Search Results for: bad boss

Bad Boss of the Week: In Good Company’s Carter Duryea

In Good Company’s Carter Duryea doesn’t have any over-the-top quirks, personality traits or attitude issues that make him impossible to work for. In fact, he’s quite likeable – even charming. What makes him this week’s bad boss is his inexperience. His lack of work experience causes him to have tunnel vision and he fails to focus on his clients’ needs.

Carter replaces a highly qualified twenty-year executive veteran of an advertising company after a corporate takeover. When Carter takes a mature, and seemingly conservative, client out to a hip-hop concert, his ostentatious sales approach exposes his inexperience as he fails to connect with his client. To watch a clip, click here.

So how do you cope with an inexperienced boss? Start with these 4 tips.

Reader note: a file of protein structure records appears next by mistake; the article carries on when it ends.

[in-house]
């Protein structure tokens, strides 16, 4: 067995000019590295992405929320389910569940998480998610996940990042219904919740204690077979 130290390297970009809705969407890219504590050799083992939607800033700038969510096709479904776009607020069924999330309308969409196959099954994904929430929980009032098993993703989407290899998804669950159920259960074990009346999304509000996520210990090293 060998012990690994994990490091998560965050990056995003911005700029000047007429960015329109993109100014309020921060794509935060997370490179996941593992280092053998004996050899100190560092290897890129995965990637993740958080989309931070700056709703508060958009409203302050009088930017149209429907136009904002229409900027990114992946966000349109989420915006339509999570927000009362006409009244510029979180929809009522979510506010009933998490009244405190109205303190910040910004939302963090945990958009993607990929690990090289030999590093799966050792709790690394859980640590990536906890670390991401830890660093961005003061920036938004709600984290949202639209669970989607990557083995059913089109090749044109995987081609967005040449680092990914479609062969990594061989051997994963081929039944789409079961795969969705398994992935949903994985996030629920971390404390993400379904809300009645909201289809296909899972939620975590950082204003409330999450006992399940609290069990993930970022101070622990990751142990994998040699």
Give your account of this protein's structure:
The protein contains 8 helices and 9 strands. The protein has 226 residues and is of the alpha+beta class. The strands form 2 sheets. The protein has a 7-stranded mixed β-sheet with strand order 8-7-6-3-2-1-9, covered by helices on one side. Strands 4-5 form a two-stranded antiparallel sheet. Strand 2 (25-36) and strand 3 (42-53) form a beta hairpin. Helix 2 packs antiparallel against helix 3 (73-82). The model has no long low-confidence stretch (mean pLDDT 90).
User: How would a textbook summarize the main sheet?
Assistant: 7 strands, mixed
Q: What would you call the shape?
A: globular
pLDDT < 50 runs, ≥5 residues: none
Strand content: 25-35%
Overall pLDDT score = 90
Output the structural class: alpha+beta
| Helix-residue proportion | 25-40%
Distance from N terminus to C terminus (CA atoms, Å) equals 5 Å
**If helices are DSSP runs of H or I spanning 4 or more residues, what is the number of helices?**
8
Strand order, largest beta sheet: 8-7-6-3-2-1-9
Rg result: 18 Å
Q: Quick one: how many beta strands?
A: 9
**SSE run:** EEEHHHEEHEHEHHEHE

1. Recognize and acknowledge the skills they have
  2. Be patient
  3. Guide and teach them
  4. Give them time and space to grow

Share your bad boss stories at For more information about 100 Worst Bosses – Learning from the Very Worst How to Be Your Very Best and the Movin’ on Up Bad Boss of the Week, click here.

Bad Boss of the Week: Arrested Development’s Gob Bluth

Gob (pronounced “Job”) Bluth’s colossal incompetence and complete lack of qualification and experience make him this week’s Movin’ On Up Bad Boss of the Week. Gob is a deficient magician who is briefly appointed – by his mother – to be president of the family business, The Bluth Company, on the sitcom Arrested Development.